When it comes to nutrition related side effects from cancer and the treatments that many have to take, loss of appetite is one of the most common. As an oncology dietitian of over 10 years, this is one of the questions that I get from people who are dealing with treatments:
“What do I do if I don’t feel like eating?”
Before we get into the practical tips, I think it’s important to remember why you want to be well nourished!
Adequate Nutrition Intake Supports Muscle Growth & Recovery
There are several tips that can help to make sure that you get adequate nutrition despite the challenge of poor appetite. The important thing to remember is that your body needs essential nutrients, calories and protein in order to have the best chance at tolerating treatment and minimizing muscle loss.
I always tell my clients that as much as possible, you want to keep your muscle around because it helps to give you energy, support your immune system, and will make recovery from a surgery or treatment quicker. Plus, you will feel better if you’re better nourished!
The hard part is figuring out how to meet your needs when you don’t really feel hungry. That’s when these practical tips come in handy.
Tips for Meeting Nutrition Needs When You Don’t Feel Like Eating
- Eat 5-6 small meals a day to get your nutrients without getting tired from eating a large meal. I recommend that you have something within an hour of waking up and also a meal or snack every 2-3 hours throughout the day. Set an alarm and make sure your naps do not push your meals/snacks too far apart.
- Keep high calorie, high protein snacks on hand. These will be essential for you to have something quick and simple to grab and eat when you don’t have the energy or interest in making food. For a list of protein foods, check out my article here:
Amount of Protein In Various Foods: Charts and Lists!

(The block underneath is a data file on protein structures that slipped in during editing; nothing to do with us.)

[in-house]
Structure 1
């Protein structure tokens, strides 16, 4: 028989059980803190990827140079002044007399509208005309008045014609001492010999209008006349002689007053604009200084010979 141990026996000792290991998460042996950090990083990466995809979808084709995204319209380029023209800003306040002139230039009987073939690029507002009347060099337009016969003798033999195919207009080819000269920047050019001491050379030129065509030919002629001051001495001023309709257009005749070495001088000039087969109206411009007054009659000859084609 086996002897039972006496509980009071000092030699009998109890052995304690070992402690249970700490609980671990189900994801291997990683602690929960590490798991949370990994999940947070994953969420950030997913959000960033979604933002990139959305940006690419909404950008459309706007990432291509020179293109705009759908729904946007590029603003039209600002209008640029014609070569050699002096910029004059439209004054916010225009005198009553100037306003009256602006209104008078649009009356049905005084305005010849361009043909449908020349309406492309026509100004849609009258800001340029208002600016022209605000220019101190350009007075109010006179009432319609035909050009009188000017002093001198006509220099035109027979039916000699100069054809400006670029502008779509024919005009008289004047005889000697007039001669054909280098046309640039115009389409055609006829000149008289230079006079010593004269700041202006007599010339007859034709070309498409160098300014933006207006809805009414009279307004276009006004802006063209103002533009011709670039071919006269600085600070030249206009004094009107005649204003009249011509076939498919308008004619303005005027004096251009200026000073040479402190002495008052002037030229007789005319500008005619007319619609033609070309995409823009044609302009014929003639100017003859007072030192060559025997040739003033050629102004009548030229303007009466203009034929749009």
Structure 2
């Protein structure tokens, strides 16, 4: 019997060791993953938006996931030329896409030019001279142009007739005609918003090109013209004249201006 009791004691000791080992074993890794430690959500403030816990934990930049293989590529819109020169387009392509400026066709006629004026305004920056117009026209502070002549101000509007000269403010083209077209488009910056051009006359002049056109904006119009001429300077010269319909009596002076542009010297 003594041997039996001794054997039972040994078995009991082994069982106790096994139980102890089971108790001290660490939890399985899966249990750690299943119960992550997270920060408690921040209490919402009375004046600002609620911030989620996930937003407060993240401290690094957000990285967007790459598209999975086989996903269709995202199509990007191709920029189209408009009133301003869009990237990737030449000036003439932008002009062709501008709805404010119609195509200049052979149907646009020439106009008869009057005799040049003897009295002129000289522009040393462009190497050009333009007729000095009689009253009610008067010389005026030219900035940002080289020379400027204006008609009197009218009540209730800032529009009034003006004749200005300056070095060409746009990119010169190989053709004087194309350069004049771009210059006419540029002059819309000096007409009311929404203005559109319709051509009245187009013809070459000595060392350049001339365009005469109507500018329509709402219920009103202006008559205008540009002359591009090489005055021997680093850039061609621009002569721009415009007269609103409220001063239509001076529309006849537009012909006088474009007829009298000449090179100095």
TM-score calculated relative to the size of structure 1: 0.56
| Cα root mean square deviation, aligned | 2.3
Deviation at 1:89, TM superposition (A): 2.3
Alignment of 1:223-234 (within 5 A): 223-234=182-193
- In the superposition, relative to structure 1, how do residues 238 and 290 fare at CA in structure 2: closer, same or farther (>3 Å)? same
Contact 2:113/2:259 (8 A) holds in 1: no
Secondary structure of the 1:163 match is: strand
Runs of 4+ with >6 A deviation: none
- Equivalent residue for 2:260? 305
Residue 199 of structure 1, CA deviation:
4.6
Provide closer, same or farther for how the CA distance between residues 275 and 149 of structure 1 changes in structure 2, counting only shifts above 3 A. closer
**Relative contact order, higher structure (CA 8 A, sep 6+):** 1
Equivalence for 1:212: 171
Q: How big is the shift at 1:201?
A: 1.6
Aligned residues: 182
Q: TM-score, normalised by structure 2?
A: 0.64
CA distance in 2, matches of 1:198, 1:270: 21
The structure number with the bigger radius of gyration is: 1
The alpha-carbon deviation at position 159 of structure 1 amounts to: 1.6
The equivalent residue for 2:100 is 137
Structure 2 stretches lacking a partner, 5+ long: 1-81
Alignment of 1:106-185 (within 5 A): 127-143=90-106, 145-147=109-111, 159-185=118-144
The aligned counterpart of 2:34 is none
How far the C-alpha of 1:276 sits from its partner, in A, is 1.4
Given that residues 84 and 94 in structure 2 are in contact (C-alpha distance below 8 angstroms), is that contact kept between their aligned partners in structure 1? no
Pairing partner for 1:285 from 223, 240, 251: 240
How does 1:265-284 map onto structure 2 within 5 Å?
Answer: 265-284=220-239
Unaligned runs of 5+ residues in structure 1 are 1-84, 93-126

- Ask for help from a friend or family member to have snacks and meals ready to go.
- Use nutrition drinks like Ensure, Carnation Instant Breakfast, and Boost to get in nutrients, calories, and protein. Find recipes for using nutrition drinks on the Cancer Dietitian YouTube Channel.
- If cleared by your doctor, try light exercise to increase hunger levels and appetite.
One of the best ways to know if you are meeting your nutrient needs is by monitoring your weigh and strength. Weigh yourself at home, or ask your medical team if you have lost weight. Your weight may go up and down from one week to the next, but if you notice it is consistently going down week after week, you need to do something to turn it around.
For strength, you can use a simple hand grip strength measurement to determine if you are losing strength. You also can probably tell by how tired you get when you go for walks, or open doors, do sit to stand type movements, etc.
Other nutrient deficiencies can be determined when you have bloodwork taken. Be sure you are asking your healthcare providers if you are low in any nutrient markers, especially iron, vitamin D and other micronutrients.
If you are trying different strategies and unable to maintain your weight, strength and nutrients, you should ask for a referral to the oncology dietitian at your treatment center, who can help you come up with an individualized plan to determine your needs and come up with a strategy to meet them.
Hope that helps!